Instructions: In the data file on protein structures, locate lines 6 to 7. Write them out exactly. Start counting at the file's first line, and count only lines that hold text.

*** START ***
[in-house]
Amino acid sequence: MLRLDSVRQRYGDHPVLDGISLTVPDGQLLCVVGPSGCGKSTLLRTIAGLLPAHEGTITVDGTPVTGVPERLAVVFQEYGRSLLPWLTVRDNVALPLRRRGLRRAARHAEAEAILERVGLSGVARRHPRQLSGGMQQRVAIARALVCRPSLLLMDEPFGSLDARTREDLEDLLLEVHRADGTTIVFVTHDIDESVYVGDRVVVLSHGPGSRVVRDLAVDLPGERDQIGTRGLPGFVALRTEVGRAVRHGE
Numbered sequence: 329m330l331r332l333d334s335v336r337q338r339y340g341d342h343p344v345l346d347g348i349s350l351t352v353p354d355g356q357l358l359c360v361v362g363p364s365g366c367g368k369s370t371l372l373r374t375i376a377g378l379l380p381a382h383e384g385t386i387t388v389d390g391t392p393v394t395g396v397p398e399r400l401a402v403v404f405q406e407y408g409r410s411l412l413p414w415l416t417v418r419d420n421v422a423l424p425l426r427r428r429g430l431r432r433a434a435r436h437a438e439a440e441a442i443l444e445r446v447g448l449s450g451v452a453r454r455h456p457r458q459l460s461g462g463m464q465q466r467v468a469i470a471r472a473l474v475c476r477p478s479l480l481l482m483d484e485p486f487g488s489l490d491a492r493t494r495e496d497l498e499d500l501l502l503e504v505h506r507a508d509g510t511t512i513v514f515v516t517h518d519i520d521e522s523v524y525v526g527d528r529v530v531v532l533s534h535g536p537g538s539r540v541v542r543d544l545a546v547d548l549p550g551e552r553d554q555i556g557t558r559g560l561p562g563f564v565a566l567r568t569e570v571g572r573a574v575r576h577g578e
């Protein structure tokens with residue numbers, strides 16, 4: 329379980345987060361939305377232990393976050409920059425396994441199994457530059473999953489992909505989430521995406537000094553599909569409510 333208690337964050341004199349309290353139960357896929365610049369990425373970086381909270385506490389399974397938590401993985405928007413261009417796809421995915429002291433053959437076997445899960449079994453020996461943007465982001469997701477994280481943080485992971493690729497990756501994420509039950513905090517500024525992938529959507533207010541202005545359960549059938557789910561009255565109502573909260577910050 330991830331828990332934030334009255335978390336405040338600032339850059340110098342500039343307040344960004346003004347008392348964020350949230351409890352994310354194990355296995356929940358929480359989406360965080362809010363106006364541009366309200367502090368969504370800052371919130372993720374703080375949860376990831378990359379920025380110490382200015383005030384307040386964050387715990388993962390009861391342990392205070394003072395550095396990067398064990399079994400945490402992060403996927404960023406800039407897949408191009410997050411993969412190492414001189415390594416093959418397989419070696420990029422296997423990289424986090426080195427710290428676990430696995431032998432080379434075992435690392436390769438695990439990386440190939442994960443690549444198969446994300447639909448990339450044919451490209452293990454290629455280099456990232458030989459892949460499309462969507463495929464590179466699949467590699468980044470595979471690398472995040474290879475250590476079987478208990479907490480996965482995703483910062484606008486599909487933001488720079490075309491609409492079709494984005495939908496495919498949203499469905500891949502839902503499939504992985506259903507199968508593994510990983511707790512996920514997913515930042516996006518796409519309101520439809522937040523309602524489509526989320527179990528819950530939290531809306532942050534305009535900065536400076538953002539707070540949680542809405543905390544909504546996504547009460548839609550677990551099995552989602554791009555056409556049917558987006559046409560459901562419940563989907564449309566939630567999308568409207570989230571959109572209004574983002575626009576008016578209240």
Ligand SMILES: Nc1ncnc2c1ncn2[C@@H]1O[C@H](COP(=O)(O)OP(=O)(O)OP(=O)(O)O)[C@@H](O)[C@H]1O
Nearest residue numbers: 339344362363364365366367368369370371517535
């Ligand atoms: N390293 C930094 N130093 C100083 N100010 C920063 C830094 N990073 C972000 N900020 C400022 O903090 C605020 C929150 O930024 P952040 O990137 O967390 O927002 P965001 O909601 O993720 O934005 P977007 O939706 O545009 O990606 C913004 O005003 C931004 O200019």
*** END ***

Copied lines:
Nearest residue numbers: 339344362363364365366367368369370371517535
């Ligand atoms: N390293 C930094 N130093 C100083 N100010 C920063 C830094 N990073 C972000 N900020 C400022 O903090 C605020 C929150 O930024 P952040 O990137 O967390 O927002 P965001 O909601 O993720 O934005 P977007 O939706 O545009 O990606 C913004 O005003 C931004 O200019």